I am at home feeling very sorry for myself with an annoying bout of Tonsillitis. But I brought this on myself. As children have a habit of carrying around every active germ in their vicinity, I have a little rule with myself, not to share my kids' drinks. I'm not a massive germaphobic, but I really detest colds and feeling sick - particularly when breastfeeding because most medication is off-limits.
Anyway, I took the kids to a play centre the other day. And after realising I left my son's water bottle in the car, I chose to share my drink with him rather than get off my lazy bum and fetch his. Later that night my throat swells up, neck promptly stiffens and I feel like I am constantly trying to swallow a boiled egg stuck in my oesophagus. This vindicates my 'kids as germ hosts' feelings.
So after a trip to the doctors, I bunker down with some medication and attempt recovery. And you know what, I feel rotten. Generally, I think I have a high pain threshold (not sure why, since I can't really compare it), but this illness has knocked me for six and I feel like attacking my throat with a chain saw, to perform my own tonsillectomy. Drastic I know, but I feel terrible.
I started thinking about my son last week and his complaint of a sore throat and how dismissive I was of it. Unfortunately for him, he comes from a long line of men who suffer from 'man colds' and many other forms of hypochondria and exaggerated illnesses.
So I told him to toughen up, have a drink of water and play. OMG - what if he really felt like me because I feel like death and not just warmed up, feverish.
I did a quick mental checklist in my head: he didn't complain of headaches and I would've noticed if he had a fever. He must have only had a sore throat. Score: Bad Mums 0, Mediocre Mums 1.
This has been a quick reality check to consider his symptoms a little more, before I throw him to the 'man colds' pile for unsympathetic mums.
As for me, my feelings haven't changed: kids are so germy, they are a hotbed of germs... luckily they're cute eh?
DISCLAIMER: For the most part, I am a reasonable human being and I know I have a lot of patience. Sometimes I'm so virtuous, I'm almost saintly... hey, I said 'almost'.
There is only one person that can send me to a little 'crazy' place. It's my five-year-old son. No one else can do it. No one else can make me lose my cool, or squeeze my patience sponge until it's bone-dry. Of course, no one else can go on a screaming rampage for one hour straight. No other child I know will persist with a tantrum for so long. But here's the thing. I always start off as the model parent: stand firm, talk calmly, repeat directions, force time-out, ignore his hitting, smacking and pants-dacking and try with some dignity (albeit, not much) to encourage good behaviour. I do all that.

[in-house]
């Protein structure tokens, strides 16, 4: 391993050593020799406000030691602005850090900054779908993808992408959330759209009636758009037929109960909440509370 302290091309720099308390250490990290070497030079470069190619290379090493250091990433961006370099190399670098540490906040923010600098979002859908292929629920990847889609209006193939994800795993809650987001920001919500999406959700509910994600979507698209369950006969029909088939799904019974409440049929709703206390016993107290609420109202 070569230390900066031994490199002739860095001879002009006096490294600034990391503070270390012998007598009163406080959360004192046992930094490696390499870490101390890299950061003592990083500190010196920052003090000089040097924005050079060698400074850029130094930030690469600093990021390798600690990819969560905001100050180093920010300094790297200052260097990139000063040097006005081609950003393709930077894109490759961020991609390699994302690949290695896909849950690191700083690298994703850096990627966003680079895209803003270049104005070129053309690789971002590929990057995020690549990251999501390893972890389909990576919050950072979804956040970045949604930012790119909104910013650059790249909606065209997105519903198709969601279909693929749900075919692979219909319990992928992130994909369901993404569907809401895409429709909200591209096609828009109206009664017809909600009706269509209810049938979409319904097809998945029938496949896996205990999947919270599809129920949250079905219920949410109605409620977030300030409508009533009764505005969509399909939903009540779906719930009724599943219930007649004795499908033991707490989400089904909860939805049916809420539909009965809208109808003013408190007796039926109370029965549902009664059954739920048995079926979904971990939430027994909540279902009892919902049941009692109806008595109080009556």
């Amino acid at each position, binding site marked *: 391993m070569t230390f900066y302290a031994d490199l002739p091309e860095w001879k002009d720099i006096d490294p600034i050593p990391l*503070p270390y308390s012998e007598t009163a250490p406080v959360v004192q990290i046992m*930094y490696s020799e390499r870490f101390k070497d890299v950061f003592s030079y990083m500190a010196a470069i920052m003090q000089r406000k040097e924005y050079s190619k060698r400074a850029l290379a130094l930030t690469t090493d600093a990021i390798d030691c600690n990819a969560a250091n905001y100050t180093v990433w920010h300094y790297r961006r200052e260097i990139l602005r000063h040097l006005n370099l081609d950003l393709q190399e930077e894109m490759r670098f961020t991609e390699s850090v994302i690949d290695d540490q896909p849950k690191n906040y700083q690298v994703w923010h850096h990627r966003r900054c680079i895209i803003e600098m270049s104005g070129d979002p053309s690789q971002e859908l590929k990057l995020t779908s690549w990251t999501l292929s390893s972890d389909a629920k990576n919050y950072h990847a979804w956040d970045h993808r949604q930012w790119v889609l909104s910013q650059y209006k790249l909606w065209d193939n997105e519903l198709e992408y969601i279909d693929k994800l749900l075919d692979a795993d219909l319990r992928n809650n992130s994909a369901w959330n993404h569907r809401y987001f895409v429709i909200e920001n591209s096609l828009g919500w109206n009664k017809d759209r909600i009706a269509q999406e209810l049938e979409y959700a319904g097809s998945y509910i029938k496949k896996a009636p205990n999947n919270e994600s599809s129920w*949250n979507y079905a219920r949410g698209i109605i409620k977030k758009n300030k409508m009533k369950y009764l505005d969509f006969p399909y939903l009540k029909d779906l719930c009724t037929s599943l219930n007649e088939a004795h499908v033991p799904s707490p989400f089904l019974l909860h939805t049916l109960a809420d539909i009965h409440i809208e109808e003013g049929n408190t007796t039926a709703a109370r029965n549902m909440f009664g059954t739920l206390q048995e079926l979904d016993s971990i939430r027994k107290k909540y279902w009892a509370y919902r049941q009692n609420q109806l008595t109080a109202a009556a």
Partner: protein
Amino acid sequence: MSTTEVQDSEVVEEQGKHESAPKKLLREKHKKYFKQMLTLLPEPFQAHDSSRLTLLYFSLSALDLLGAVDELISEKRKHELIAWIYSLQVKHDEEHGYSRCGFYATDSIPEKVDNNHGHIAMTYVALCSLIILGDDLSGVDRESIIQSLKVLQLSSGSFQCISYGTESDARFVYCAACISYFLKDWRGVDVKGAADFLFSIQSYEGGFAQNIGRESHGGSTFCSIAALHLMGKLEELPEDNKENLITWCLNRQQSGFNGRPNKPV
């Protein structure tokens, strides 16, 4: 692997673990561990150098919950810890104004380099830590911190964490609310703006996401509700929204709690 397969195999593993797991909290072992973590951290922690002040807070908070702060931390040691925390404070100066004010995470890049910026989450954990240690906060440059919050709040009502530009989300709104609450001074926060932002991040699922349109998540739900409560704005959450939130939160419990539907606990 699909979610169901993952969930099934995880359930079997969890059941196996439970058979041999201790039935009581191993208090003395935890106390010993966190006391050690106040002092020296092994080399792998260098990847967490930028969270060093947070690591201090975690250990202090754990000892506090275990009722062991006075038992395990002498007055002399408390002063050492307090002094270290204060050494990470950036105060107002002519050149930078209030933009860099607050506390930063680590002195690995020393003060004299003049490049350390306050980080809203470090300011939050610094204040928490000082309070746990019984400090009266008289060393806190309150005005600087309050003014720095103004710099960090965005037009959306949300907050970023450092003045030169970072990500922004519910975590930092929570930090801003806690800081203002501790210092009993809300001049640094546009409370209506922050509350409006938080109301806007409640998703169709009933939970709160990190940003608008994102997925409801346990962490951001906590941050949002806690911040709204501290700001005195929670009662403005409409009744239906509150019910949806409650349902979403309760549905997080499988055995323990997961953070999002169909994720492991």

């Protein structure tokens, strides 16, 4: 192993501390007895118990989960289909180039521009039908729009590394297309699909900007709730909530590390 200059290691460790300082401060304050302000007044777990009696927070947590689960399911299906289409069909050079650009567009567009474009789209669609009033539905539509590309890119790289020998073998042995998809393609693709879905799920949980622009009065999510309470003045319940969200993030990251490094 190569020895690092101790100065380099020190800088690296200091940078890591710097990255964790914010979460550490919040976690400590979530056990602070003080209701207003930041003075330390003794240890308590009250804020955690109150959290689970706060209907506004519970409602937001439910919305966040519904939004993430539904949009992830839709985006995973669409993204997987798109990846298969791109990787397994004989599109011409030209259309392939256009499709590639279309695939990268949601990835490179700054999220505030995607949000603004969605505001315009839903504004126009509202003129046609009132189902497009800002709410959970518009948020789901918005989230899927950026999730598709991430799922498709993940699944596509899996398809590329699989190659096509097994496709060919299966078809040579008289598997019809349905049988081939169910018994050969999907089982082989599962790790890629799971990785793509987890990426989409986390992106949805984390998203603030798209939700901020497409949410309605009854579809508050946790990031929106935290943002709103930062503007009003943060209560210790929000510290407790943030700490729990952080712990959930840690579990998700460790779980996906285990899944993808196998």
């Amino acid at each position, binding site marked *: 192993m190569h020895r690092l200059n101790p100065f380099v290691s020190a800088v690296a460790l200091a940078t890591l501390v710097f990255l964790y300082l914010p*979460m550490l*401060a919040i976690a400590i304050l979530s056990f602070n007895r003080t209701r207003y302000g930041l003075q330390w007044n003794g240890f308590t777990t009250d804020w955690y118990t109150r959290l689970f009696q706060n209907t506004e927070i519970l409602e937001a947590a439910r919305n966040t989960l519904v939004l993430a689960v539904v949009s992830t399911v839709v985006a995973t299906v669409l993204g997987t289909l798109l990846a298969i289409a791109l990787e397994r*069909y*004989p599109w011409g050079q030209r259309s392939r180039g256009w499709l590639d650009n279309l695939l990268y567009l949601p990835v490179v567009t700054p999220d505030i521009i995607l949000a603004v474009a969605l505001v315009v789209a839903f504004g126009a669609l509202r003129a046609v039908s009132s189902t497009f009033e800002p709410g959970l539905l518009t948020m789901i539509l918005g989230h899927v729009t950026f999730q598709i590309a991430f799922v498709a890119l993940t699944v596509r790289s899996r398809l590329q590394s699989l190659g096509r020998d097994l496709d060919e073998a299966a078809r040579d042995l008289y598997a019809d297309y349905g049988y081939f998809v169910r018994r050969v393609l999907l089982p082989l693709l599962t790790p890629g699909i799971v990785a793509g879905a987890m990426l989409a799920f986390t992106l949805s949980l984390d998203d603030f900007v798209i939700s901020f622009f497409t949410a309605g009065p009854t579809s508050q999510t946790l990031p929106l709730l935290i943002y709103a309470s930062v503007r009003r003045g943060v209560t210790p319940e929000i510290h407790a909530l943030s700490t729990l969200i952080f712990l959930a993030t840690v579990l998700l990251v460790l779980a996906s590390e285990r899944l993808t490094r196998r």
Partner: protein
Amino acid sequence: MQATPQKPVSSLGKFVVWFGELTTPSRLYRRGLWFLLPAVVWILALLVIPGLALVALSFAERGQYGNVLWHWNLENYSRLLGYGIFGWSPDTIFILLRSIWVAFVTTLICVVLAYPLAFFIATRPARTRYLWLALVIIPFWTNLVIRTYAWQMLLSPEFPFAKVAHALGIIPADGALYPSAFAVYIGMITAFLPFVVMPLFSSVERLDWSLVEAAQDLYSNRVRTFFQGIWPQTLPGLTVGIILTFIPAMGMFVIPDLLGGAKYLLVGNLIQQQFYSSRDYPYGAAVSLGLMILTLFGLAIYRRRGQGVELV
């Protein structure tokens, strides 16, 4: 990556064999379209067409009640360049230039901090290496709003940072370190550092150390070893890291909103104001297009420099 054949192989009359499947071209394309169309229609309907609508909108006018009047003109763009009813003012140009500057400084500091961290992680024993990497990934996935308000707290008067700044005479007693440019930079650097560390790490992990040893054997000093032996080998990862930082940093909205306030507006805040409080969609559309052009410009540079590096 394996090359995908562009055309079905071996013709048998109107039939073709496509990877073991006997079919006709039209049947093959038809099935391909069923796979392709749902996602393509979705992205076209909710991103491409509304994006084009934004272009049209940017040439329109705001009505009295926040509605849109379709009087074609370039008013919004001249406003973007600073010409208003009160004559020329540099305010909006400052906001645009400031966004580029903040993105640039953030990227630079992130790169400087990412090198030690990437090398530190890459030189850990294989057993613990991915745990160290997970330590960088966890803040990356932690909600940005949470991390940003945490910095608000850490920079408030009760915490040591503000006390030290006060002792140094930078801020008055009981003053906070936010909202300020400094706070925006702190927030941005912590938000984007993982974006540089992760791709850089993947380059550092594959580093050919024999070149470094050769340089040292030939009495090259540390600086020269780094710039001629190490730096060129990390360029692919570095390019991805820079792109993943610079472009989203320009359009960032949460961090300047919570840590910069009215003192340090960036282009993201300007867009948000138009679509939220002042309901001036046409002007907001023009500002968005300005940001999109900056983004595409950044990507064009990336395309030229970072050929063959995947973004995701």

But... the parenting gurus busy publishing their advice never talk about the tantrum that doesn't end... They never mention what happens when time-out doesn't work. Even better, they never mention what happens if a child doesn't care for the consequence you've issued. And so, I get stuck. Because I've done all the parenting things I should have done and still, the child screams. And as he screams, he's throwing things, slamming doors, stomping his feet, grabbing my arms.
WHAT KIND OF SAINT CAN STAY COOL AFTER HOURS OF THAT???
AFTER A WEEK OF TANTRUMS LIKE THAT??
And so it happens... I snap. I physically cannot bear to listen to his ranting anymore, and so I point my head skyward and let off a bit of steam, or should I say 'scream'.
Yep, that's my 'crazy' point, where the only way to stay sane, is to rip out a scream. Don't they say, 'If you can't beat them, join them'? Never a truer word spoken. You see, he always drives me to that point. He hammers me until he finally sees that he's worn me down to the ground...and so, after jumping out of his skin from hearing my gorilla-like 'Auugrrrhhhh', he stops.
Ah the serenity.
In an effort to keep my voice from sounding horse, I refer to those moments as 'mummy going 'crazy''. And these days - now that he's seen it a few times, all I have to do is say, "If you keep going, Mummy is going to go to that 'crazy' place and nobody wants that, so it's time to stop." And give or take another 10 minutes, he stops.
After mentioning this to a few mummy friends, I've realised that most mums have an element of 'crazy' and they need to. It's like a lioness giving a sharp roar to let her cubs know that her tolerance has waned. A quick squeal to the heavens, and suddenly the kids realise that this time, their mum is well and truly p****d off.